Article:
Chocolate making relies on a rich mixture of physics – physicsworld.com

Chocolate making relies on a rich mixture of physics – physicsworld.com


Smooth mixture: physicists have discovered the secret of a 140-year-old process for making chocolate. (Courtesy: Shutterstock/Kati Finell)

New insights into the physics of chocolate production have been gleaned by an international team of physicists, led by Wilson Poon at the UK’s University of Edinburgh. The researchers studied a process called conching, whereby a granular mixture of ingredients is transformed into a homogenous fluid. Conching plays an essential role in modern chocolate production and gaining a better understanding of the process could reduce the amount of energy required to make chocolate and other materials that involve complex mixtures.

In 1879 the Swiss chocolatier Rodolphe Lindt invented the conching process, whereby solid sugar, milk and cocoa powders are mixed with liquid cocoa butter. By subjecting the granular mixture to heat and hours of mechanical action, and adding oil dispersants at precisely timed stages, chocolatiers can transform the ingredients into a homogeneous, flowing liquid-solid suspension. This gives chocolate – which was grainy before conching was invented – its signature smooth texture.

Conching has been mastered for well over a century, but until now, there has been little knowledge of the physical mechanisms involved in the process. In their study, Poon and his team used a “simplified formulation” of chocolate and analysed the process in detail.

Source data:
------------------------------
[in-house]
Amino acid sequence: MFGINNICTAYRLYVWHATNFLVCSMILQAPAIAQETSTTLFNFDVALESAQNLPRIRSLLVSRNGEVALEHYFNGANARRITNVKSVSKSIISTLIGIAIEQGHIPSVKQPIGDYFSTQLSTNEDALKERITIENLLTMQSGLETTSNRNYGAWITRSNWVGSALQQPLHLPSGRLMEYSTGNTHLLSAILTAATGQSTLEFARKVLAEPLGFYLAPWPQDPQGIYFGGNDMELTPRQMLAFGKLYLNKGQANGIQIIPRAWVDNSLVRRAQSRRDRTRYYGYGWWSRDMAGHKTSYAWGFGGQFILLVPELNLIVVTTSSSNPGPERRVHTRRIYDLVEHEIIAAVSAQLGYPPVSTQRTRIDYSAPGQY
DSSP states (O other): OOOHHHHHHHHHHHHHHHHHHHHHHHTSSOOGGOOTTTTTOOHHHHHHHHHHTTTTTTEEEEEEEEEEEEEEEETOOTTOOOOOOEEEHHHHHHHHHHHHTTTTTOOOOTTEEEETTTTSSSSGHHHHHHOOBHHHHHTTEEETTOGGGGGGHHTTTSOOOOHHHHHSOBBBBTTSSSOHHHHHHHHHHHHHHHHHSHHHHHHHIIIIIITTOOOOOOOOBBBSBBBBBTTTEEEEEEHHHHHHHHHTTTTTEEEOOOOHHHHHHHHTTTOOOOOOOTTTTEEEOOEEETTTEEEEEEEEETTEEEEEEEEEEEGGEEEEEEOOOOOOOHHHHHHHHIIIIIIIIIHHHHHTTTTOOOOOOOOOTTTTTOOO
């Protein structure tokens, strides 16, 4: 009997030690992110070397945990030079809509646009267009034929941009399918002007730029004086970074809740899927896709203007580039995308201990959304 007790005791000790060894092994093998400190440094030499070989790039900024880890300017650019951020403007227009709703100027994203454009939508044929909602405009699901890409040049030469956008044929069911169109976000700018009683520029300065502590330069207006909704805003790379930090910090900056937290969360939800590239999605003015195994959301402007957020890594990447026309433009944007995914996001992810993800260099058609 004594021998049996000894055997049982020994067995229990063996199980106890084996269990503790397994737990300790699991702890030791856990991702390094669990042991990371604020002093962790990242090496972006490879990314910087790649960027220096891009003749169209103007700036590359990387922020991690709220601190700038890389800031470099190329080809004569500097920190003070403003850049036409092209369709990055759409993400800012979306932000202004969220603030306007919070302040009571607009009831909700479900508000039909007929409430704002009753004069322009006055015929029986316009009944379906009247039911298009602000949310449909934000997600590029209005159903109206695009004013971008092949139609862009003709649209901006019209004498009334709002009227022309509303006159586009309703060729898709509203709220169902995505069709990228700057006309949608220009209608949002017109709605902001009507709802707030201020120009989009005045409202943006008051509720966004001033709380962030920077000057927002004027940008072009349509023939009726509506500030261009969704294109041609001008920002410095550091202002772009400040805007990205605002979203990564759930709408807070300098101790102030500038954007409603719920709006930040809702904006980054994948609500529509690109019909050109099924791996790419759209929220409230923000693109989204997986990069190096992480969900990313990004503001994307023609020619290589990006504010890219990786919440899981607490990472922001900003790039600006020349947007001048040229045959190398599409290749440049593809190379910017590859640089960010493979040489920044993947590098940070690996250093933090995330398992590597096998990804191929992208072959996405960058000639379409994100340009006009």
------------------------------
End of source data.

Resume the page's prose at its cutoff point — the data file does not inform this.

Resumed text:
Irreversible deformation

The researchers identified and measured two key parameters underlying the process: the yield stress of the mixture (the stress at which the mixture begins to deform irreversibly) and its viscosity when subjected to high shearing. They found that both values are controlled by how far the mixture is from its jamming volume fraction – the point at which the fraction of solids in the mixture becomes too high for the mixture to flow freely.

By studying chocolate making, we have been able to gain new insights into the fundamental physics of how complex mixtures flow

Wilson Poon

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Hungry for solutions

In the first stage of conching, the team observed that mechanical action breaks down groups of solid particles. This raises the mixture’s jamming volume fraction, thereby increasing both the yield stress and high-shear viscosity in turn. After oil dispersant is added, the friction between the particles is reduced, further increasing the jamming volume fraction. Eventually, the jamming fraction becomes so high that the inhomogeneous, granular mixture transforms into a homogeneous fluid, where all solid particles are suspended evenly within the liquid.

The researchers say that their discoveries could lead to improvements in the efficiency of chocolate production. Similar processes like cement production and ceramic manufacturing could also benefit from the research. “We hope our work can help reduce the amount of energy used in the conching process and lead to greener manufacturing of the world’s most popular confectionary product,” Poon says. “By studying chocolate making, we have been able to gain new insights into the fundamental physics of how complex mixtures flow.”

The study is described in Proceedings of the National Academy of Sciences.

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